A Christmas Tradition I Can Get Behind
Have you ever heard the expression "yule log"? Do you know what a "yule log" is? It's a log. Thank you for asking. No, seriously, I have some pre-Christmas history for you after the jump.
The yule log originally didn't have anything to do with Christmas. In fact it was around centuries before the times of Jesus. Early Europeans celebrated the winter solstice (December 21st of each year) by lighting up a fattie, that is, a big, yule log. Now here's the part that's cool, they would feast and party until the log completely burned out, and that could go on for up to 12 days. In addition, it was a time for them to butcher whatever animals they didn't want to feed all winter, so there was lots of fresh meat to eat and to put up for the cold months.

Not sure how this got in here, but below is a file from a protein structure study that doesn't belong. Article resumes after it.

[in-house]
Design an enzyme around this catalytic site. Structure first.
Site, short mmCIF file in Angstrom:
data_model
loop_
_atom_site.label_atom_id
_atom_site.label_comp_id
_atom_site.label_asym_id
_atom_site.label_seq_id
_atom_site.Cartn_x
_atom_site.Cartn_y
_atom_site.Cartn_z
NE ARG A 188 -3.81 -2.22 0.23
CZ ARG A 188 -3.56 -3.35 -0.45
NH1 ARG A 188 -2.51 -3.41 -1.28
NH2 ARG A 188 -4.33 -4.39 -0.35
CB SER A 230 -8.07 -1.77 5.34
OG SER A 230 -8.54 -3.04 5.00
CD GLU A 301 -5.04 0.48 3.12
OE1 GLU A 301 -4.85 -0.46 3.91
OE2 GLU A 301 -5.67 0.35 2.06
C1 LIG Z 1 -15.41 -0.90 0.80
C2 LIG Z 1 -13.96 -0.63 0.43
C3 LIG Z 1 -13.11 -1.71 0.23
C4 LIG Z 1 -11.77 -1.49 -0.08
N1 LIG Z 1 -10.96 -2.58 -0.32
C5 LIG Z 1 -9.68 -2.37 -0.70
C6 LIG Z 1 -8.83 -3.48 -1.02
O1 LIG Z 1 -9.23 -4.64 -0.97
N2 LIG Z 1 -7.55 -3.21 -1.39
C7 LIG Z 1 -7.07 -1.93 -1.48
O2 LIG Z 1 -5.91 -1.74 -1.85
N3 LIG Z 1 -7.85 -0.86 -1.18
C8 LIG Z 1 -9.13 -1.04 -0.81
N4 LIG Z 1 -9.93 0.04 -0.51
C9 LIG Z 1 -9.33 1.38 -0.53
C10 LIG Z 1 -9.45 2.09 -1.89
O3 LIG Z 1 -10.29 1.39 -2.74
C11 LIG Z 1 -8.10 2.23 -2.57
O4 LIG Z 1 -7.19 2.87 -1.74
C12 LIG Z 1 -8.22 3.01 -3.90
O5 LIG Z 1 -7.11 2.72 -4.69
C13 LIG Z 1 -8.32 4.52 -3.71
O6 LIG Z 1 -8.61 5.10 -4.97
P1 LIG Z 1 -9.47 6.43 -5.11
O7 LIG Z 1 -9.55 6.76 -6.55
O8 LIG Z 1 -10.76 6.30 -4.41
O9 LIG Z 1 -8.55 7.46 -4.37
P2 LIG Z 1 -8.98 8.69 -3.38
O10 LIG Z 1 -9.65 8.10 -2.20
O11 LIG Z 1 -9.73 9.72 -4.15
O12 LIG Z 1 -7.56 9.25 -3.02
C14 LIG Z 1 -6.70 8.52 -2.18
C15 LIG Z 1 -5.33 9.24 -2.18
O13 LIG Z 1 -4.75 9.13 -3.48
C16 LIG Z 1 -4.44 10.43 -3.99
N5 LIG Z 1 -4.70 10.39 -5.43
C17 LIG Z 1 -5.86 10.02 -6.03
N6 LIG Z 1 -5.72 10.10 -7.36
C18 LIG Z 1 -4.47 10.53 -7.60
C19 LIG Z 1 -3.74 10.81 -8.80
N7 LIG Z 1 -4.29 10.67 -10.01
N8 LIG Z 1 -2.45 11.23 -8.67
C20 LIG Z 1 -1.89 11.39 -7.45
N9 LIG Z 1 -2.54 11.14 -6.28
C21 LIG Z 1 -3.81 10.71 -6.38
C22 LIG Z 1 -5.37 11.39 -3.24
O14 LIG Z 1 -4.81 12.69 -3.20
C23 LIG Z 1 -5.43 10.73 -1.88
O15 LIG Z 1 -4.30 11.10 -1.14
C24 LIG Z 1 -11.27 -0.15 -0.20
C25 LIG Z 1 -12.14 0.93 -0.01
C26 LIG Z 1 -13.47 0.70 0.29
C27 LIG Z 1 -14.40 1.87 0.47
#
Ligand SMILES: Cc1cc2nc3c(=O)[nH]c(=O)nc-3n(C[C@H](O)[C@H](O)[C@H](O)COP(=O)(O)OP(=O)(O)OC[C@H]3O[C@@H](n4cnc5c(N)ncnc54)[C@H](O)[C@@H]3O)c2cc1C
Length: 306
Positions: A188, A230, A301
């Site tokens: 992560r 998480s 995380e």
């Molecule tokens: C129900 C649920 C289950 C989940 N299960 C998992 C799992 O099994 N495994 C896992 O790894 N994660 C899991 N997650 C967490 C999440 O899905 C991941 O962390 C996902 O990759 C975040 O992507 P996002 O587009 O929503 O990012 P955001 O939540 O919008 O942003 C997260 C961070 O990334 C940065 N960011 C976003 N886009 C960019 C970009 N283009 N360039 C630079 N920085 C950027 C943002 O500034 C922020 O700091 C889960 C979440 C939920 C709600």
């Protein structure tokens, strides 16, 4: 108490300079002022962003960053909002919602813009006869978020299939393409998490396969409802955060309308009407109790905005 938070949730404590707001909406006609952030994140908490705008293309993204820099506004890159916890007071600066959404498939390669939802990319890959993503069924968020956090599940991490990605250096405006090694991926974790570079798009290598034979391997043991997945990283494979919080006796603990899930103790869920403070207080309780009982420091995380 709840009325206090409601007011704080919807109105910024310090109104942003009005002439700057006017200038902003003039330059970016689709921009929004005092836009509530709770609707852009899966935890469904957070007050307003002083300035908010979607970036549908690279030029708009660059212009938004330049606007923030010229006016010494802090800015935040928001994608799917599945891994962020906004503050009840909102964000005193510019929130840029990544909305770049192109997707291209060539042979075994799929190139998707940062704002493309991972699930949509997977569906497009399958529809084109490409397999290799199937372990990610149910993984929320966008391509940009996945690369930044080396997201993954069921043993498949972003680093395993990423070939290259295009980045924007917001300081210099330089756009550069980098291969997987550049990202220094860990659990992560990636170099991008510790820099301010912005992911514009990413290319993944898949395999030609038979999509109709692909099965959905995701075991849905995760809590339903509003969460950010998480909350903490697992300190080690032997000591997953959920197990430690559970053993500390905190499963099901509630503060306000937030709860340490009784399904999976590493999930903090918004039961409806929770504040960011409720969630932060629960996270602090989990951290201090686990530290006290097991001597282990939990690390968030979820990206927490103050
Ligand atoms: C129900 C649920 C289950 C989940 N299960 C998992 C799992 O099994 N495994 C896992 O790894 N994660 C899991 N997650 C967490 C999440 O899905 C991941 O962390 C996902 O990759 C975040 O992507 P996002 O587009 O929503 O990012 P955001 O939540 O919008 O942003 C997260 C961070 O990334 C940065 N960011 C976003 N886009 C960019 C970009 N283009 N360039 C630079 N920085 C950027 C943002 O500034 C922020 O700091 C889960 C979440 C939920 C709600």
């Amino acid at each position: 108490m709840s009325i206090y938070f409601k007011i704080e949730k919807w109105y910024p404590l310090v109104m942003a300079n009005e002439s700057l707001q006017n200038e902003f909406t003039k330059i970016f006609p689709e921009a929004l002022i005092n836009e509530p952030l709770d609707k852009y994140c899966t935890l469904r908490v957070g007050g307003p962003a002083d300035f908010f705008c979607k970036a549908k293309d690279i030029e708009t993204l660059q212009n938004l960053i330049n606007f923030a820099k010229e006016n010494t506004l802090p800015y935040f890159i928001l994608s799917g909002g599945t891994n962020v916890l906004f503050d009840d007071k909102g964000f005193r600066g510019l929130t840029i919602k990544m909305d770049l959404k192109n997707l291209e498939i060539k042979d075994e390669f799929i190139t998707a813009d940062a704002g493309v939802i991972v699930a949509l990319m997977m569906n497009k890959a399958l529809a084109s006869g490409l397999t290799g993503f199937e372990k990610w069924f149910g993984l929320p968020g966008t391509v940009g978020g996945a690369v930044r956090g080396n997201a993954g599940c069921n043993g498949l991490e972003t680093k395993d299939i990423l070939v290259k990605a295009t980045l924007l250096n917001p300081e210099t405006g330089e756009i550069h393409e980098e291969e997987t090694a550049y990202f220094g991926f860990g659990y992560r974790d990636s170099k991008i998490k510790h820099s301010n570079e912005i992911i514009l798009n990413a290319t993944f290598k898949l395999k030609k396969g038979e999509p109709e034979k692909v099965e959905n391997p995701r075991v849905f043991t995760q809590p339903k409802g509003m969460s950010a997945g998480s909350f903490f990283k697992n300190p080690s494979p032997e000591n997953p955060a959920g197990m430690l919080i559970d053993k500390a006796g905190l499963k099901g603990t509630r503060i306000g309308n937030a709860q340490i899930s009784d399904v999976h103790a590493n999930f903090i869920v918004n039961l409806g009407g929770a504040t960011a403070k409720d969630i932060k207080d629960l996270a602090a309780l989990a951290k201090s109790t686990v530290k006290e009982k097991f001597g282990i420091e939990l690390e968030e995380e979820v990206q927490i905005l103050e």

Okay, have you ever found yourself on the long end of a night poking and the embers and just chillin'? That was a bit of the fun too. Some of the folks thought that every spark that sputtered out of the fire meant a new animal born to the village. Seriously, if you give me a reason to stare at a campfire and a bottle of something to drink, I'll never get up.
Here's a fire and some Christmas music for you. Don't stay up to late.
Think about it-fresh steaks, a party and a slow burning fire. I'm ready to find myself a yule log.